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How to set palette on JPEG and save that palette

How to set palette on JPEG image and save that palette in my source code
Thanks.
 

Re:How to set palette on JPEG and save that palette


Hristo,

Are you sure you need a palette. Only 256 Grey Scale JPegs use a
palette. All colour jpegs are 24 bit.

Bob
----
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Re:How to set palette on JPEG and save that palette


Thanks, I fix the problem but I want ask you how to convert compresed JPEG
in to BMP

Quote
Bob Villiers <bob_villi...@lineone.net> wrote in message

news:VA.0000019b.00120018@lineone.net...
Quote
> Hristo,

> Are you sure you need a palette. Only 256 Grey Scale JPegs use a
> palette. All colour jpegs are 24 bit.

> Bob
> ----
> Sent using Virtual Access 5.01 - download your freeware copy now
> http://www.atlantic-coast.com/downloads/vasetup.exe

Re:How to set palette on JPEG and save that palette


Quote
Bob Villiers wrote:
> Only 256 Grey Scale JPegs use a palette. All colour jpegs are 24 bit.

Not entirely correct, I'm afraid. You might be right if you're talking
about the VCL encapsulation of the IJG code (don't know, I don't use
it). But true jpeg's as supported by this IJG code don't use a palette
to support 8bits grayscale (it's handled as true color... euh, true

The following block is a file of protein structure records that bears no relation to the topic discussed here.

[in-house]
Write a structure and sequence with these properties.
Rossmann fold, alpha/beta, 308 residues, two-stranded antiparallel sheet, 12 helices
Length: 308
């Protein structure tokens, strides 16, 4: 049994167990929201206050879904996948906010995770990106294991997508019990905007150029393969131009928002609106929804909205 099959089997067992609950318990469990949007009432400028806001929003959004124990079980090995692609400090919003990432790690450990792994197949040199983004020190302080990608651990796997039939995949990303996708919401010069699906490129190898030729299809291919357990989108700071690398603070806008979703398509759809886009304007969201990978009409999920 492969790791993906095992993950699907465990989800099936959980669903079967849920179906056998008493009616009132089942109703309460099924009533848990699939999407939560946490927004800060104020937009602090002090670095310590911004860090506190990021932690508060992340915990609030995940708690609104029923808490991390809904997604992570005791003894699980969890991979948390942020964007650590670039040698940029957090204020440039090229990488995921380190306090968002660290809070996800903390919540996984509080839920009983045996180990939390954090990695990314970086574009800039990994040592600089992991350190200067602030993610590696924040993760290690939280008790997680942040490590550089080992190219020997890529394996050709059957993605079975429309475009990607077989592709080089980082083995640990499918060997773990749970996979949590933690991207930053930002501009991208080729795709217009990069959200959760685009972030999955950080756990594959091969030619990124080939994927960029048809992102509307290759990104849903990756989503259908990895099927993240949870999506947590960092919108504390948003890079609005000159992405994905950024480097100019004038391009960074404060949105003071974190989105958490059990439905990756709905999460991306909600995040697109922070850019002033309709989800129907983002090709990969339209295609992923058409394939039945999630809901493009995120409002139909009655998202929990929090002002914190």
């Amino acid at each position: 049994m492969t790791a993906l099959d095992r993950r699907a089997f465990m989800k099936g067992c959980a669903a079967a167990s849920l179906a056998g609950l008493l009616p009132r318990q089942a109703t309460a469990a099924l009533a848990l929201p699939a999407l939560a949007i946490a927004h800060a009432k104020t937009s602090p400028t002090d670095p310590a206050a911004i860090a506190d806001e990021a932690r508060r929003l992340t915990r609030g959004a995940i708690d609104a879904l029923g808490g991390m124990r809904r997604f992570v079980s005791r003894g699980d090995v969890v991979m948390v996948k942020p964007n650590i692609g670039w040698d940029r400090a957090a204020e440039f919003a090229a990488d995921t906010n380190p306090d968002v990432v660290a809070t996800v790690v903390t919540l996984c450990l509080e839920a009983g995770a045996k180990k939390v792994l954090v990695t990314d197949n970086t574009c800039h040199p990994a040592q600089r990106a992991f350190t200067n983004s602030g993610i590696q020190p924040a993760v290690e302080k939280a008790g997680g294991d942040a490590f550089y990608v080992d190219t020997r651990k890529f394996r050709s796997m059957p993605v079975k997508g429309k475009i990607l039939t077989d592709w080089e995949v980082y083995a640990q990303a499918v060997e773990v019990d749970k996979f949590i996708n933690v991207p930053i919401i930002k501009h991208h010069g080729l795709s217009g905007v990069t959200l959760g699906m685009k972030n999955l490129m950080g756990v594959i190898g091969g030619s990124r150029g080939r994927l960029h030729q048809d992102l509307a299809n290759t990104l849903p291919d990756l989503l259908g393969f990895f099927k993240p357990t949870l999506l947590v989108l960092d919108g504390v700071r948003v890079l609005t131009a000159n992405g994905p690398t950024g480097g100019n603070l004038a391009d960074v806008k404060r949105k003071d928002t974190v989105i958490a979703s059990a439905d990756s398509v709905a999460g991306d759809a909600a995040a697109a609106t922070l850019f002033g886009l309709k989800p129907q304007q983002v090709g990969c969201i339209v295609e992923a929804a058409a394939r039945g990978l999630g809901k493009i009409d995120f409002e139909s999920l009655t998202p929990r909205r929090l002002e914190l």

grayscale, I should probably say). And both true jpeg's and the IJG code
also support cmyk in 32bits/pixel and custom color spaces and additional
alpha channels and therefore can have any number of 8bit color channels
(up to 15 or 255, don't remember exactly). The jpeg spec also allows
12bits/channel, but I've never encountered such a jpeg.

But I'm probably being a terrible bore now; what you say is probably
very correct in the VCL encapsulation (TJpegImage, is it?), and if you
meant that jpegs can't cope with palettes, you're very right again. The
reason is of course the DCT compression algorithm, which needs to be fed
meaningfull true color and becomes quite useless when fed arbitrary
palette indexes.

As for the original question, if it is really necessary to save a
palette with the image, consider either
- using another file format, that can handle palettes, like eg bmp, gif
or (highly recommendable) png
- or, if you really need to read back the palette but don't mind a true
color storage that can actually contain colors not present in this
palette, you could write the palette with the jpeg in an app marker. The
reason that you should expect to read back colors that are not present
in the palette is of course the lossy nature of jpeg compression.

Joris

Re:How to set palette on JPEG and save that palette


Joris,

Perhaps I should have said "In my experience, only 256 Grey Scale JPegs
use a palette". Actually, the use is a bit wider than the VCL.
PaintShop Pro for instance produces a grey scale Jpeg with a palette.

Bob
----
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Re:How to set palette on JPEG and save that palette


Quote
Bob Villiers wrote:
> Perhaps I should have said "In my experience, only 256 Grey Scale JPegs
> use a palette". Actually, the use is a bit wider than the VCL.
> PaintShop Pro for instance produces a grey scale Jpeg with a palette.

Hi Bob,
As I said, I don't know the first thing about the VCL encapsulation of